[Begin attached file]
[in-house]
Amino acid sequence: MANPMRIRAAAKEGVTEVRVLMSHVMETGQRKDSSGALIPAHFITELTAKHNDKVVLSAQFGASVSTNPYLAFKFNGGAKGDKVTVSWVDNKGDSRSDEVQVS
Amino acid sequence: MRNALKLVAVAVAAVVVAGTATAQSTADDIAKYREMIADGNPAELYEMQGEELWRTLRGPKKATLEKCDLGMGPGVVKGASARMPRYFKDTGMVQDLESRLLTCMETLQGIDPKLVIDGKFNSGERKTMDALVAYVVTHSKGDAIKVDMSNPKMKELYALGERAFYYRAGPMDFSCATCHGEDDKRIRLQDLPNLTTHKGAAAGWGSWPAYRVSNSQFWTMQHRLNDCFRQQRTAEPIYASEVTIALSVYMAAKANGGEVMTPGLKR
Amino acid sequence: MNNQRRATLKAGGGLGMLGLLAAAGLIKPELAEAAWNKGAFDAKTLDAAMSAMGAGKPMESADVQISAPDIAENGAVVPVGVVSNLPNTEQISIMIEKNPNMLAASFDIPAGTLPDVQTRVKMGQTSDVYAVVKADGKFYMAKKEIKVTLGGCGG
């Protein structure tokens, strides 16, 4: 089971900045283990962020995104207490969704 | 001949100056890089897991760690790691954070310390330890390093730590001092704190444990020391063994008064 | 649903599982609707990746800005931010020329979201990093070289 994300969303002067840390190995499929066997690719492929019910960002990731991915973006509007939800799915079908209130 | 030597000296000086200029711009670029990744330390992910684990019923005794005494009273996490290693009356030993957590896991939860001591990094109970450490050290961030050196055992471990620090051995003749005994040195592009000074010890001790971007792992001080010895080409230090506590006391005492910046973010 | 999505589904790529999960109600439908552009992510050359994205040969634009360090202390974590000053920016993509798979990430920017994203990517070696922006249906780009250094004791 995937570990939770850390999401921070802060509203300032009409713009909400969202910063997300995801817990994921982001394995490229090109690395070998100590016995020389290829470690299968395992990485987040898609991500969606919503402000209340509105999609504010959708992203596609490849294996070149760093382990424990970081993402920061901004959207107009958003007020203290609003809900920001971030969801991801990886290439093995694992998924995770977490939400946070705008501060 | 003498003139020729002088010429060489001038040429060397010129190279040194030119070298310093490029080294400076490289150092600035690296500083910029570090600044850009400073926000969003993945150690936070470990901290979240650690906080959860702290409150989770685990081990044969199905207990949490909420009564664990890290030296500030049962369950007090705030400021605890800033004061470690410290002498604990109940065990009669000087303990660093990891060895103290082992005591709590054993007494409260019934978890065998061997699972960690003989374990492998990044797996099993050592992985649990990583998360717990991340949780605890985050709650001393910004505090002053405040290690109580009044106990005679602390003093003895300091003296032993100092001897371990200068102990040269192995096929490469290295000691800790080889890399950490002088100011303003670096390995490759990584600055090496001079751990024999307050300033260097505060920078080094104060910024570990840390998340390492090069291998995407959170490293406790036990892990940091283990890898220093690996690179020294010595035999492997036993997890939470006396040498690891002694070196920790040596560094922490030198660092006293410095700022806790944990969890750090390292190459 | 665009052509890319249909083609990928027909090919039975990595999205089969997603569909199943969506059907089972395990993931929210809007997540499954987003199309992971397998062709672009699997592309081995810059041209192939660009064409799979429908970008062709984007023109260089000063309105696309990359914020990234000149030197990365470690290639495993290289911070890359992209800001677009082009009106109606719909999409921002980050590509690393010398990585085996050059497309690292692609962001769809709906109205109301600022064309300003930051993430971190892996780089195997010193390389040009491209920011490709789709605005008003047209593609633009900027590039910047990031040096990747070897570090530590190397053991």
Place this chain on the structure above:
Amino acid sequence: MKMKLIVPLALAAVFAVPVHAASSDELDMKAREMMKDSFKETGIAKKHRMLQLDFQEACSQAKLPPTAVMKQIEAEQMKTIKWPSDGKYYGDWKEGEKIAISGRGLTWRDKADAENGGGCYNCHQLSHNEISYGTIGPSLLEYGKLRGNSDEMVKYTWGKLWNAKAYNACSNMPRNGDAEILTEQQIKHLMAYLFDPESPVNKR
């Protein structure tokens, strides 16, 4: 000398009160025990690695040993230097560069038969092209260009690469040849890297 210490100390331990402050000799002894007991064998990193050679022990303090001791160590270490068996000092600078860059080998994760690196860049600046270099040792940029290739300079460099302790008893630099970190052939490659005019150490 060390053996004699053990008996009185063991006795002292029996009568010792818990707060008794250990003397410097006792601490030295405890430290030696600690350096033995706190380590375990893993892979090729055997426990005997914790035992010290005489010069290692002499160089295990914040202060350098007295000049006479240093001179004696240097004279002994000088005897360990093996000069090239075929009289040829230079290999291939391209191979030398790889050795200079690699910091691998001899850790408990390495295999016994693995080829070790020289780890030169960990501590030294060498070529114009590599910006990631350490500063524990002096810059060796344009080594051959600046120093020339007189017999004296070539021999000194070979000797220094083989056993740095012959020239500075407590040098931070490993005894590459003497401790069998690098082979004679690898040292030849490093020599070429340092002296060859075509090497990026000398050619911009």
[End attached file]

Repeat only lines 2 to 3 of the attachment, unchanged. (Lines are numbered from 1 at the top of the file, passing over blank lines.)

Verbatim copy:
Amino acid sequence: MANPMRIRAAAKEGVTEVRVLMSHVMETGQRKDSSGALIPAHFITELTAKHNDKVVLSAQFGASVSTNPYLAFKFNGGAKGDKVTVSWVDNKGDSRSDEVQVS
Amino acid sequence: MRNALKLVAVAVAAVVVAGTATAQSTADDIAKYREMIADGNPAELYEMQGEELWRTLRGPKKATLEKCDLGMGPGVVKGASARMPRYFKDTGMVQDLESRLLTCMETLQGIDPKLVIDGKFNSGERKTMDALVAYVVTHSKGDAIKVDMSNPKMKELYALGERAFYYRAGPMDFSCATCHGEDDKRIRLQDLPNLTTHKGAAAGWGSWPAYRVSNSQFWTMQHRLNDCFRQQRTAEPIYASEVTIALSVYMAAKANGGEVMTPGLKR